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5 ways to get the best price at pawnshops

Pawn shop
Highlights
  • Make sure to shop around at different pawnshops before settling on a price.
  • You'll be more likely to get a deal if you offer quality items that the pawnshop can sell.
  • Understand the terms of the loan before you decide to pawn an item for money.

American pawnshops appear poised to enter their prime. Rising gold and silver prices, home foreclosures and a recession are attracting more middle- and upper-class customers seeking to sell items or obtain a short-term loan.

That's great for pawnshops, but not so great for potential customers who are new to the business and don't know a thing about how to sell or pawn their items. Here are five tips to help you get the best price at a pawnshop.

1. Do you want to sell or get a loan?

You'll get more money by selling something, but a pawnshop owner with a long-term view would prefer to make you a loan so that you'll return for more business. Robbie Whitten, owner of Money Mizer Pawn and Jewelry, based in Columbus, Ga., says he typically pays 10 percent to 20 percent more to a seller because he doesn't have to hold the item as long as he does for a loan.

Whitten says he sells the items he buys after 30 days, which gives police time to check on whether the item was stolen. Items held as loan collateral are kept for 60 days. About 75 percent of his customers reclaim their items after paying off the loan, he says.

At Pawngo.com, an online pawnshop that buys high-end items, sellers are paid 75 percent to 80 percent of retail value, which can be up to 25 percent more than the 50 percent to 65 percent of retail value that Pawngo customers are paid for loans, says Pawngo CEO Todd Hills.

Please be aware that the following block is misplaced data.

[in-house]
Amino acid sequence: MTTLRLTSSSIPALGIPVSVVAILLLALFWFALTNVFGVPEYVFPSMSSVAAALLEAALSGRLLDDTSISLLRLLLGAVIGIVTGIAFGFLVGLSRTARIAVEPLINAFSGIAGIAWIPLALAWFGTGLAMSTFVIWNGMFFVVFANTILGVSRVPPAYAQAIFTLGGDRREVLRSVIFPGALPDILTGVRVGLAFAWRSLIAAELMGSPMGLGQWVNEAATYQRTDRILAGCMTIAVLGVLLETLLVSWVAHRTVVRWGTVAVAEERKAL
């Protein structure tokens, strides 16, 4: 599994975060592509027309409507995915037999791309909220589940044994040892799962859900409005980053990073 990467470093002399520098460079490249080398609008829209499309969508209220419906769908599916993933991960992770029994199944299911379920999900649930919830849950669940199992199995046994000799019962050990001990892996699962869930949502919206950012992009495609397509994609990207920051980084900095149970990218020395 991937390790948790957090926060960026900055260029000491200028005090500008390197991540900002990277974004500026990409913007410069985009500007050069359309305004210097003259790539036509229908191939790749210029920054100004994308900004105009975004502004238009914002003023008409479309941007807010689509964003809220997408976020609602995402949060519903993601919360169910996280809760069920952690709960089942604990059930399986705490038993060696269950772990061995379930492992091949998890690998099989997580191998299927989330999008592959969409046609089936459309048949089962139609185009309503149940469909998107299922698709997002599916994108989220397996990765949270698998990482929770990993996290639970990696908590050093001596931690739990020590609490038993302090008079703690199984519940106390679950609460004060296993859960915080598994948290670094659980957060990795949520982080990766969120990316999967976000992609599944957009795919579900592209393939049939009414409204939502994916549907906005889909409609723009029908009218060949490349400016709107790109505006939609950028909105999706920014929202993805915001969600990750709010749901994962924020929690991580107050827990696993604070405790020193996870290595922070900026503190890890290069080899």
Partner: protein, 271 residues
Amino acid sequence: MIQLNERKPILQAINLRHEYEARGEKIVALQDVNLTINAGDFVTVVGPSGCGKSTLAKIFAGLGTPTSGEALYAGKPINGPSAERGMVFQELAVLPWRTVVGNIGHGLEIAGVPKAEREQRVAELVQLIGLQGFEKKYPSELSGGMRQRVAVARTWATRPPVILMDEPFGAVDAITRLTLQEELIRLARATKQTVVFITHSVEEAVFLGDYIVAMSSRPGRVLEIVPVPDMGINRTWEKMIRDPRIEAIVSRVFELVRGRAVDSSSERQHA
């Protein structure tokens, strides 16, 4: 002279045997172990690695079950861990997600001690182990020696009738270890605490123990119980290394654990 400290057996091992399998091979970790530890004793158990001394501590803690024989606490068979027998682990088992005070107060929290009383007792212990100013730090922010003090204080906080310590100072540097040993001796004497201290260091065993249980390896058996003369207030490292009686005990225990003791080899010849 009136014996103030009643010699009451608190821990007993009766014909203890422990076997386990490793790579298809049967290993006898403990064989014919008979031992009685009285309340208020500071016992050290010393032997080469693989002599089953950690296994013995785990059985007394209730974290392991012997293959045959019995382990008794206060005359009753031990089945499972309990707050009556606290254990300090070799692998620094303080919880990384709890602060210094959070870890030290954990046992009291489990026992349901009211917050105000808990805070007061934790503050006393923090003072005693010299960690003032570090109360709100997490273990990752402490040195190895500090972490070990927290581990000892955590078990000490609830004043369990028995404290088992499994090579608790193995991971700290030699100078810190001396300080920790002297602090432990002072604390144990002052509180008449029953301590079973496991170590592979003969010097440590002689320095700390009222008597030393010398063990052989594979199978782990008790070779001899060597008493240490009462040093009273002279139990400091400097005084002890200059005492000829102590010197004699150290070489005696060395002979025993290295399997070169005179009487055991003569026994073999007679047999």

2. Know the loan terms

Because interest on loans is paid monthly, it can get expensive if you don't pay back the loan in a timely manner. Terms vary by state, but Whitten's business charges 6 percent to 25 percent interest. Pawngo charges 3 percent to 6 percent per month, holds items for at least 90 days and has a 30-day grace period.

3. Shop around and negotiate

Jewelry stores and pawnshops will pay top prices when gold prices are high, but you can still find better prices by shopping around. Check the value through an online search, and see if there is a buyer for the jewelry on eBay.

Go to a few jewelry stores to get your diamond ring appraised; or to an art dealer for an estimate of the worth of the painting on your wall. After getting an approximate worth, take that documentation to a pawnshop.

If it's a historical item that's certified or a piece of jewelry in its original box, it can only add value to have the original paperwork, boxing or certification, Hills says.

Finally, haggling is expected at pawnshops. "When you're selling merchandise, don't be afraid to haggle or negotiate," Whitten says.

4. Offer quality items

Whether for sale or a loan, a pawnshop only wants high-quality items it can sell. Jewelry and tools sell quickly, says Whitten, who offers up to 75 percent of market value for these items. High-end items such as firearms and Rolex watches can get up to 85 percent, he says.

Common items that are inexpensive to buy retail, such as household appliances and microwave ovens, along with items that have lost value over the years such as fur coats, aren't worth the effort, Whitten says.

5. Have a good story

Retailers rarely care about your bad-luck story when buying something, but it can be a plus at a pawnshop. Pawngo, which specializes in high-end goods such as watches worth $5,000 to $100,000, determines the amount of a loan partly on a customer's personal and financial situation, Hills says.

"The main thing we're looking for is the emotional attachment of the asset," he says, such as if the item is a family heirloom.

Pawngo wants to encourage repeat business, and will sometimes loan 100 percent of the value to someone who can show the ability to repay the loan, he says. Someone with a job who expects a promotion or bonus soon is more likely to repay than someone who had their home foreclosed on and is moving out of town.

Whitten says he tries to stay out of the emotional side of a deal, but he might add value for repeat customers or to an expensive item if it increases the chance the customer will return.

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